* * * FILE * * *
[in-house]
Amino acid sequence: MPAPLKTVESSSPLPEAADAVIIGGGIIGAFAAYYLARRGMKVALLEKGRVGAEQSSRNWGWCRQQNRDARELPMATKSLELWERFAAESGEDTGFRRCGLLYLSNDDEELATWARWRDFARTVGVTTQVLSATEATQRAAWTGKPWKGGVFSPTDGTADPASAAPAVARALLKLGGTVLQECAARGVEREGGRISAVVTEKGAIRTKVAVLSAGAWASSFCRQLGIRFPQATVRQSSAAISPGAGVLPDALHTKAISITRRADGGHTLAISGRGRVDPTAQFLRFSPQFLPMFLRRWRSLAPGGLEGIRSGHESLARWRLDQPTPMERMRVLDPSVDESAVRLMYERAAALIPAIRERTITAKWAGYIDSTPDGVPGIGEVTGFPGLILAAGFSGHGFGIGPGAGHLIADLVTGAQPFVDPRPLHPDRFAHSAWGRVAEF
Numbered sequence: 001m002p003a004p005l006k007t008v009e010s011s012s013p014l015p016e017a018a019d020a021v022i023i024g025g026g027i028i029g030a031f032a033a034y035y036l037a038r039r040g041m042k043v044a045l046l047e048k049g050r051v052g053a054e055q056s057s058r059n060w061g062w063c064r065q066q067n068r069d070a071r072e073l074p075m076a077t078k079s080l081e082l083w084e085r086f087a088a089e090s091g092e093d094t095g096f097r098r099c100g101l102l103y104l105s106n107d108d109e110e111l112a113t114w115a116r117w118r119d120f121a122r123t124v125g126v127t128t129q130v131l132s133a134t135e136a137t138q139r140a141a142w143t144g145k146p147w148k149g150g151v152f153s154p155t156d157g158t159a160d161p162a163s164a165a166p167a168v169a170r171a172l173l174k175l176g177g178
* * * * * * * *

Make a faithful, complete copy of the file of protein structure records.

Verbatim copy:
[in-house]
Amino acid sequence: MPAPLKTVESSSPLPEAADAVIIGGGIIGAFAAYYLARRGMKVALLEKGRVGAEQSSRNWGWCRQQNRDARELPMATKSLELWERFAAESGEDTGFRRCGLLYLSNDDEELATWARWRDFARTVGVTTQVLSATEATQRAAWTGKPWKGGVFSPTDGTADPASAAPAVARALLKLGGTVLQECAARGVEREGGRISAVVTEKGAIRTKVAVLSAGAWASSFCRQLGIRFPQATVRQSSAAISPGAGVLPDALHTKAISITRRADGGHTLAISGRGRVDPTAQFLRFSPQFLPMFLRRWRSLAPGGLEGIRSGHESLARWRLDQPTPMERMRVLDPSVDESAVRLMYERAAALIPAIRERTITAKWAGYIDSTPDGVPGIGEVTGFPGLILAAGFSGHGFGIGPGAGHLIADLVTGAQPFVDPRPLHPDRFAHSAWGRVAEF
Numbered sequence: 001m002p003a004p005l006k007t008v009e010s011s012s013p014l015p016e017a018a019d020a021v022i023i024g025g026g027i028i029g030a031f032a033a034y035y036l037a038r039r040g041m042k043v044a045l046l047e048k049g050r051v052g053a054e055q056s057s058r059n060w061g062w063c064r065q066q067n068r069d070a071r072e073l074p075m076a077t078k079s080l081e082l083w084e085r086f087a088a089e090s091g092e093d094t095g096f097r098r099c100g101l102l103y104l105s106n107d108d109e110e111l112a113t114w115a116r117w118r119d120f121a122r123t124v125g126v127t128t129q130v131l132s133a134t135e136a137t138q139r140a141a142w143t144g145k146p147w148k149g150g151v152f153s154p155t156d157g158t159a160d161p162a163s164a165a166p167a168v169a170r171a172l173l174k175l176g177g178